A somewhat unusual distinction has just come the way of Mr. Gunby Hadath, the writer for young people, who has been presented with the Freedom of St. Gervais-les-Bains, in Savoy, at the foot of Mont Blanc. Mr. Hadath resides on Mont Blanc during the summer months, and his "St. Palfry's Cross," which depicts the neighbourhood, has sold largely in America and Scandanavia, and is now being translated into French by Madame de Sailly.  From:P-P, De V. (1933), "Words confused and misused", The Bookman, vol. 83, no. 497, pp. 445.
Boy's Own Paper April 1940 p.308-309
"With the eerie sensation of being under inspection 
Michael called up that he had come in search of a room"
In the Collector's Digest March 1954 (Vol 8:87, pp62-63) a tribute appeared for Hadath:
There recently died Gunby Hadath who for a great many years was. in the front rank of authors for boys. He was particularly popular with his school stories. He started to write for "The Captain" in 1909 and continued to do so until its end in 1924. Later he wrote for "Chums". Practically all his serials were afterwards published in book form. Probably his best known story was "Sparrow in Search of Expulsion."
In his youth he was a well known cricket and rugger player. He rose to the rank of major in the First World War. He also wrote many popular lyrics, including "Down the Vale," which had a great vogue. I well remember a busker who used to sing it outside the old Bradford Empire 40 years ago. It was apparently the only song he knew. 
In a tribute which appeared in "The Times" Feb. 1st, "A.S.M." said he was in Gunby Hadath's form at a private school in Devon, where he was an assistant master just down from Cambridge. They started a friendship, which lasted right to Hadath's death. He concludes: "Of irrepressible vivacity and high spirits, come weal or woe, he was one of those usually dreadful people who are "hearty" at breakfast, that meal at which the characteristic Englishman sits dourly over his newspaper glowering upon all who make chatter, much less joke - but not upon old Gunby. I have known him burst into such a glum assembly wearing a bowler hat, boxing gloves, and Father Christmas white beard. With his passing much laughter has gone out of the lives of all who knew him; profoundest sadness descended upon his wife, who, alone able to read his handwriting, typed all his inimitable school stories and upon her twin sister, long time matron at Dulwich, who joined with them to make the happiest trio to which I have had the privilege of admission."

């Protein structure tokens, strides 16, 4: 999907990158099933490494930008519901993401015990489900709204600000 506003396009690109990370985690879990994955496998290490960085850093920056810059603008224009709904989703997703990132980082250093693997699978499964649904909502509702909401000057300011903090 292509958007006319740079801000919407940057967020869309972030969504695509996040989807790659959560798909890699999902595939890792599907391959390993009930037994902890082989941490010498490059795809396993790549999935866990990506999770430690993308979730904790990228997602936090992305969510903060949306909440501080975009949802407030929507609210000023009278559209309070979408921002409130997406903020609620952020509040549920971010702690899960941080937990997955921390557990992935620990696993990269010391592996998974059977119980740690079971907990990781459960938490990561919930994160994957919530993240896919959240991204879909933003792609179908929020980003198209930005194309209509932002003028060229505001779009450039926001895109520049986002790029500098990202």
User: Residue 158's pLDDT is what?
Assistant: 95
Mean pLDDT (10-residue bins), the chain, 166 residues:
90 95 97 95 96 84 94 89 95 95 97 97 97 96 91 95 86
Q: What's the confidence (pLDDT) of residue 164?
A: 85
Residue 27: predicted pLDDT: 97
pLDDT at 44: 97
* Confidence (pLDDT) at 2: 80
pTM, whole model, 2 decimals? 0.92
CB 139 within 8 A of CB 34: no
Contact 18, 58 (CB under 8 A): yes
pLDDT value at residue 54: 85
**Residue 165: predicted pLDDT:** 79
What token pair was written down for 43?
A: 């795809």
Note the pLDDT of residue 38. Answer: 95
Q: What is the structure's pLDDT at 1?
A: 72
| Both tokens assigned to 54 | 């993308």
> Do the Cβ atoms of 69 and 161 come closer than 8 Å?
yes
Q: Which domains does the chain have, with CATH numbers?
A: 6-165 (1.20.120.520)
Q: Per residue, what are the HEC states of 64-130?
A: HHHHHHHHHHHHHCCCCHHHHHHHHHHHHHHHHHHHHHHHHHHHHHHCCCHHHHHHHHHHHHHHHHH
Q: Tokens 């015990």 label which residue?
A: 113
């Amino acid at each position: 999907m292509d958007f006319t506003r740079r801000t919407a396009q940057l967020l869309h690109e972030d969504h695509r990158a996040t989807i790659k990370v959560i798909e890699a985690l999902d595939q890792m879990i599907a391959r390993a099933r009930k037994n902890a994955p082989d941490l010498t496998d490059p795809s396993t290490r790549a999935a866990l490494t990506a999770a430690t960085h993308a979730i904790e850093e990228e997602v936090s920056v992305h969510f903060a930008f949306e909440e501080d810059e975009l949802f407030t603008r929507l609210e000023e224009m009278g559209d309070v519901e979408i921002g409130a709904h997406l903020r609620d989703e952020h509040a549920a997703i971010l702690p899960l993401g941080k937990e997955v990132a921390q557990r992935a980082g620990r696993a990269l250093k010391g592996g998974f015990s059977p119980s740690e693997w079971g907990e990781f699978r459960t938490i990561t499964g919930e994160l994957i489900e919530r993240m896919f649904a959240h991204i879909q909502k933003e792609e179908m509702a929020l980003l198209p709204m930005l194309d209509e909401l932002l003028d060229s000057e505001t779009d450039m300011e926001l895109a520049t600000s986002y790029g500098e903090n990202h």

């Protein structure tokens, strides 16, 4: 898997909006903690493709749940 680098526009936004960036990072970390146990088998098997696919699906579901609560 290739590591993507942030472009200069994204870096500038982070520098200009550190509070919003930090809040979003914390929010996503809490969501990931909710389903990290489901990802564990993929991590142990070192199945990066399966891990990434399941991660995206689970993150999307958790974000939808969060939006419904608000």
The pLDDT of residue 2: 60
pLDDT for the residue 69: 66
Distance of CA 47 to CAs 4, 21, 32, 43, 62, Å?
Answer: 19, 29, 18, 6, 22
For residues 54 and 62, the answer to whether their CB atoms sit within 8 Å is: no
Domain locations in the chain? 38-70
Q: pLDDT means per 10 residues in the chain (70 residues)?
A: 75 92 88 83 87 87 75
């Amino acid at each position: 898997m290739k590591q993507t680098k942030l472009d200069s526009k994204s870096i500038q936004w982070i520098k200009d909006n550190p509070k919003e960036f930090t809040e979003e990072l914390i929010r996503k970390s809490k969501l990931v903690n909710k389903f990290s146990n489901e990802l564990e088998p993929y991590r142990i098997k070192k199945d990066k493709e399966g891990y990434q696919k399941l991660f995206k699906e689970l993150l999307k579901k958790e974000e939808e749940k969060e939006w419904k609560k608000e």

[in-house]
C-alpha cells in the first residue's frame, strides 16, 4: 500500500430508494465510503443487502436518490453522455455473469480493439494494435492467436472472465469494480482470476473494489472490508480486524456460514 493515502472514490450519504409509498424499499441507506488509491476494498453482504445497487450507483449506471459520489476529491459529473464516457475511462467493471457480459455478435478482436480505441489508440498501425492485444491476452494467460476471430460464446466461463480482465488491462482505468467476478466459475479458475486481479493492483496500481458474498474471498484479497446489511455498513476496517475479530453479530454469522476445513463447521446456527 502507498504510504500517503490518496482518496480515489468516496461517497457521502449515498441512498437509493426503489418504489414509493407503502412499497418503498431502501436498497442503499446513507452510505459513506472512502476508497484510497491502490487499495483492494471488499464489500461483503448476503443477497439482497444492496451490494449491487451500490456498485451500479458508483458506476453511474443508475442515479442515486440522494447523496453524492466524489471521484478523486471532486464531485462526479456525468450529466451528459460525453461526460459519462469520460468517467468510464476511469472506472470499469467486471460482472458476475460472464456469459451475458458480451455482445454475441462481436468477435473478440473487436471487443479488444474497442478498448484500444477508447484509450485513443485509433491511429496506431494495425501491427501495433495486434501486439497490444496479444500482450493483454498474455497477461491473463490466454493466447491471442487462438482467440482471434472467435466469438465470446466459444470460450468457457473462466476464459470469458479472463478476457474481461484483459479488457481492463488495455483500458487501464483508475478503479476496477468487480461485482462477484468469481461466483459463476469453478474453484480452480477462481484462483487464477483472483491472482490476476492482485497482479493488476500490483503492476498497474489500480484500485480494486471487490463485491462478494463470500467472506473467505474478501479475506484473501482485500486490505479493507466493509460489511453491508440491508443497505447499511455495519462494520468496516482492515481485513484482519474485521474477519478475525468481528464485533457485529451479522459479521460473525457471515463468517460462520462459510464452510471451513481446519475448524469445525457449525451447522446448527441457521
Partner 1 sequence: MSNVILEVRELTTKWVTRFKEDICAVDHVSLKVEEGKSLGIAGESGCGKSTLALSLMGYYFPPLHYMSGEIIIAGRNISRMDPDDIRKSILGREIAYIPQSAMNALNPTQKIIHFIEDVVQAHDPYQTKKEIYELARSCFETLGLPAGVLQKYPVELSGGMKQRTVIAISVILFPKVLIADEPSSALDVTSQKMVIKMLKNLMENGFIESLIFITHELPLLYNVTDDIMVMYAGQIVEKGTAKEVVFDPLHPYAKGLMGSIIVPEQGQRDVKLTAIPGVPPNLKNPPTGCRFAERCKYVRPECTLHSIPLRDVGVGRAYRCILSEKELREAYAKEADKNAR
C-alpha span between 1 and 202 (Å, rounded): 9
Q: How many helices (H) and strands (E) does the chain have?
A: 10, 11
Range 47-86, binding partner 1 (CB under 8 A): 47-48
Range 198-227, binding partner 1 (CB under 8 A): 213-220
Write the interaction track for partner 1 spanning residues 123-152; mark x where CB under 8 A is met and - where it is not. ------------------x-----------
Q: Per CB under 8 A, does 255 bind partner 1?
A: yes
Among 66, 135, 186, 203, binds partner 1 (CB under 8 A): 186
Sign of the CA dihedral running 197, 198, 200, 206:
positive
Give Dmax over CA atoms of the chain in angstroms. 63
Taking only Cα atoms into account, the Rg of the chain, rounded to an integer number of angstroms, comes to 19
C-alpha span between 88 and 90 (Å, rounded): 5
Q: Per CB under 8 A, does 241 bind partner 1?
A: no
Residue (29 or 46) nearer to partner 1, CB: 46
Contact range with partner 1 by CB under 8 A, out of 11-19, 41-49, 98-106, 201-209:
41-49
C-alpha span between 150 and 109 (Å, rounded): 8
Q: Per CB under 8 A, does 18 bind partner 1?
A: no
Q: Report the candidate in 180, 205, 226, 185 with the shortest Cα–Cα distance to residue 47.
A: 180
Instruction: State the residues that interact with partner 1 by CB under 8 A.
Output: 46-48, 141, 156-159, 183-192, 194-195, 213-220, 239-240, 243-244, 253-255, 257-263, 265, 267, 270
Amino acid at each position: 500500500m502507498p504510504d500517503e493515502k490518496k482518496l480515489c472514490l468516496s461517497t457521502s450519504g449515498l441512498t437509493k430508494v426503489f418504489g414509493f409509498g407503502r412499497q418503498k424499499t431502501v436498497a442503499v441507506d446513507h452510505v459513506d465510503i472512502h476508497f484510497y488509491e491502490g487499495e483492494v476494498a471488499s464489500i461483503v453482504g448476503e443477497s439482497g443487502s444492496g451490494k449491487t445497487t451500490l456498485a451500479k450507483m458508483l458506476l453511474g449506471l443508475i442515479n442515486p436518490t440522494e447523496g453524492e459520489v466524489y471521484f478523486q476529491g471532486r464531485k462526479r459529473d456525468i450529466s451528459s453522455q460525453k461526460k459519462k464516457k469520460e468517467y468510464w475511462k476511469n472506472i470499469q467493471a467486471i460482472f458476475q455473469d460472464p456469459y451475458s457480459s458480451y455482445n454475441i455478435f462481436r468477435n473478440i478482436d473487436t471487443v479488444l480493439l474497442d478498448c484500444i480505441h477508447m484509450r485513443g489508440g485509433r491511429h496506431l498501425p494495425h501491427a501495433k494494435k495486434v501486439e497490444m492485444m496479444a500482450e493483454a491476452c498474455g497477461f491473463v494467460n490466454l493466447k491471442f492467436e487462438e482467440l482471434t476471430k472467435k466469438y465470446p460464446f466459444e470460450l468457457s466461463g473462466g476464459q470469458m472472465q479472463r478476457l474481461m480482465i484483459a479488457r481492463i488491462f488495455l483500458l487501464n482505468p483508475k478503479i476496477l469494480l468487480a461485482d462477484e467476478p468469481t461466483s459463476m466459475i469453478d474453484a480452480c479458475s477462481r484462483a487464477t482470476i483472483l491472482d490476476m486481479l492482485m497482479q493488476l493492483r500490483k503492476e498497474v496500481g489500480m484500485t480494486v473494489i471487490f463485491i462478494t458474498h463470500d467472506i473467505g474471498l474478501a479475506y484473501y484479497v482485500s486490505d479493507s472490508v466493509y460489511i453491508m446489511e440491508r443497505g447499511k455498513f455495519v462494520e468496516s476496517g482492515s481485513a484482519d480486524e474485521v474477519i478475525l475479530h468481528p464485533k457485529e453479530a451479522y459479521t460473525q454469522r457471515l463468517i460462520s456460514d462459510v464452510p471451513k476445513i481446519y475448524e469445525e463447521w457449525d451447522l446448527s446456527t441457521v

Gunby Hadath lived at Cricklewood but spent winter in the French Alps for many years. He must have been in his early eighties at the time of his death.
The Times 18 January 1954, (p. 8) announce his death and the following day a fuller obituary appeared in which it states he died at 82 years of age and was born on April 30 1871

MR. GUNBY HADATH whose contributions to the Boy's Own Paper and other publications of a similar nature will be recalled, died on Sunday in hospital in London at the age of 82, as briefly reported yesterday.
John Edward Gunby Hadath was born on April 30, 1871, the son of the late Rev. E. E. Hadath, sometime rector of Owersby, Lincolnshire. He was educated at St. Edmund's School, Canterbury, and Peterhouse. Cambridge, and began his career as a schoolmaster. His gift for clear exposition was soon manifested in writing, and he was able in due course to give up the classroom and transfer his work to the study, so that in time his name became one of the best known and best loved of those who aim to instruct as well as entertain youth. Many of his numerous stories appeared in serial form in the Boy's Own Paper,and were later republished as books to delight many generations of boys to whom Brent of Gatehouse, Last of his Line, Outlaws of St. Martyn's, Won by a Try and Schoolboy Grit have been household words for years. Besides his articles and stories, he wrote a number of lyrics, the best known of which is "Down the Vale" which in its musical setting had many years of popularity, and he also wrote for the theatre. For some years past he had divided his time between this country and France and since 1932 had been a Citoyen d'Honneur of the Commune of St. Gervaise-les-Bains, Haute Savoie.He married Florence Annie, the youngest daughter of the late William Webber, who survives him.
Let's get started with the Sheppard illustrated stories. The first I've found is "The mountain's dread hour" by Gunby Hadath (Boy's Own Paper July 1938). The two illustrations (shown above) are of a mountain eagle and it attacking two people on a ledge. All the other illustrations here are from Boy's Own Paper April 1940, Sheppard drew images to accompany Hadath's story "In search of a kingdom". Both stories are based on Hadath's experiences in the mountains of France.

Boy's Own Paper April 1940 p.315
NEXT: More of "In search of a kingdom"
* A lot of the early biography is adapted from Leonard M. Allen's article in The Story Book Collector No 33 January 1949